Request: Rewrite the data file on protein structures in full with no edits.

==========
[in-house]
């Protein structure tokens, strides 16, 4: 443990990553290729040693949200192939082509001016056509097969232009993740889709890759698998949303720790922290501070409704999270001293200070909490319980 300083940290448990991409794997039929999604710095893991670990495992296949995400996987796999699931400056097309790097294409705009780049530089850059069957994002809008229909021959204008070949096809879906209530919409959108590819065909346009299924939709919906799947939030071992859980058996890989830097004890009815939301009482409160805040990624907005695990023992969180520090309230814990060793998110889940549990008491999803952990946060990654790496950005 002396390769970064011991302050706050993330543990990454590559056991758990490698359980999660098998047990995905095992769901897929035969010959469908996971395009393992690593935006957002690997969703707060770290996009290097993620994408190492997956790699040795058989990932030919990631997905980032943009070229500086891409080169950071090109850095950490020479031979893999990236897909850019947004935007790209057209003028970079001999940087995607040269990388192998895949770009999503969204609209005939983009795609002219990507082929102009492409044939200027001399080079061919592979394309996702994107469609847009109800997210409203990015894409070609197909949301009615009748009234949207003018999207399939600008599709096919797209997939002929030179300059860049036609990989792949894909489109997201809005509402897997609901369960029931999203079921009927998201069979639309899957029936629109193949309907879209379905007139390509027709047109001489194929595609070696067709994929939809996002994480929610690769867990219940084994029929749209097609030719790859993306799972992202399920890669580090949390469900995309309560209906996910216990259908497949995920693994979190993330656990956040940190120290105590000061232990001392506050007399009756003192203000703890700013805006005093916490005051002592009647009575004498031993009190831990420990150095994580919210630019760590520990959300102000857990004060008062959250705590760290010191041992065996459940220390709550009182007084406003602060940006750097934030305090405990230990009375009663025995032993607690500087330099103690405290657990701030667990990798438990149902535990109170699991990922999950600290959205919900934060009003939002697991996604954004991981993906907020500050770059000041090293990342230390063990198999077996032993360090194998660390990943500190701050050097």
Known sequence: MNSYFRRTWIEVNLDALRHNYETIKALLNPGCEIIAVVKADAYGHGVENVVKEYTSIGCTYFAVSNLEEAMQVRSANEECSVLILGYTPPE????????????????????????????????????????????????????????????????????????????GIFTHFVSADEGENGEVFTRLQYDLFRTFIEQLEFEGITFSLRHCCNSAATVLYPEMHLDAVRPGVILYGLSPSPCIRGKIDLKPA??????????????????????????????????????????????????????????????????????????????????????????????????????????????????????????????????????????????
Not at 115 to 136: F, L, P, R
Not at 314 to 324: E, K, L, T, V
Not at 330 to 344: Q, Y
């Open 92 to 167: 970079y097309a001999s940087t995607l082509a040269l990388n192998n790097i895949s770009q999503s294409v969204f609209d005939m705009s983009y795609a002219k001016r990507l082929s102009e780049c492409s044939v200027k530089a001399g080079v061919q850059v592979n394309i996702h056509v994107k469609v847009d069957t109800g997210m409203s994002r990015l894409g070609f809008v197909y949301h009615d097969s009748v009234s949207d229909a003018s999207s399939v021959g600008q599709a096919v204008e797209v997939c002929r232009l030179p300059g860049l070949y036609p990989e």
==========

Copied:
[in-house]
């Protein structure tokens, strides 16, 4: 443990990553290729040693949200192939082509001016056509097969232009993740889709890759698998949303720790922290501070409704999270001293200070909490319980 300083940290448990991409794997039929999604710095893991670990495992296949995400996987796999699931400056097309790097294409705009780049530089850059069957994002809008229909021959204008070949096809879906209530919409959108590819065909346009299924939709919906799947939030071992859980058996890989830097004890009815939301009482409160805040990624907005695990023992969180520090309230814990060793998110889940549990008491999803952990946060990654790496950005 002396390769970064011991302050706050993330543990990454590559056991758990490698359980999660098998047990995905095992769901897929035969010959469908996971395009393992690593935006957002690997969703707060770290996009290097993620994408190492997956790699040795058989990932030919990631997905980032943009070229500086891409080169950071090109850095950490020479031979893999990236897909850019947004935007790209057209003028970079001999940087995607040269990388192998895949770009999503969204609209005939983009795609002219990507082929102009492409044939200027001399080079061919592979394309996702994107469609847009109800997210409203990015894409070609197909949301009615009748009234949207003018999207399939600008599709096919797209997939002929030179300059860049036609990989792949894909489109997201809005509402897997609901369960029931999203079921009927998201069979639309899957029936629109193949309907879209379905007139390509027709047109001489194929595609070696067709994929939809996002994480929610690769867990219940084994029929749209097609030719790859993306799972992202399920890669580090949390469900995309309560209906996910216990259908497949995920693994979190993330656990956040940190120290105590000061232990001392506050007399009756003192203000703890700013805006005093916490005051002592009647009575004498031993009190831990420990150095994580919210630019760590520990959300102000857990004060008062959250705590760290010191041992065996459940220390709550009182007084406003602060940006750097934030305090405990230990009375009663025995032993607690500087330099103690405290657990701030667990990798438990149902535990109170699991990922999950600290959205919900934060009003939002697991996604954004991981993906907020500050770059000041090293990342230390063990198999077996032993360090194998660390990943500190701050050097």
Known sequence: MNSYFRRTWIEVNLDALRHNYETIKALLNPGCEIIAVVKADAYGHGVENVVKEYTSIGCTYFAVSNLEEAMQVRSANEECSVLILGYTPPE????????????????????????????????????????????????????????????????????????????GIFTHFVSADEGENGEVFTRLQYDLFRTFIEQLEFEGITFSLRHCCNSAATVLYPEMHLDAVRPGVILYGLSPSPCIRGKIDLKPA??????????????????????????????????????????????????????????????????????????????????????????????????????????????????????????????????????????????
Not at 115 to 136: F, L, P, R
Not at 314 to 324: E, K, L, T, V
Not at 330 to 344: Q, Y
């Open 92 to 167: 970079y097309a001999s940087t995607l082509a040269l990388n192998n790097i895949s770009q999503s294409v969204f609209d005939m705009s983009y795609a002219k001016r990507l082929s102009e780049c492409s044939v200027k530089a001399g080079v061919q850059v592979n394309i996702h056509v994107k469609v847009d069957t109800g997210m409203s994002r990015l894409g070609f809008v197909y949301h009615d097969s009748v009234s949207d229909a003018s999207s399939v021959g600008q599709a096919v204008e797209v997939c002929r232009l030179p300059g860049l070949y036609p990989e």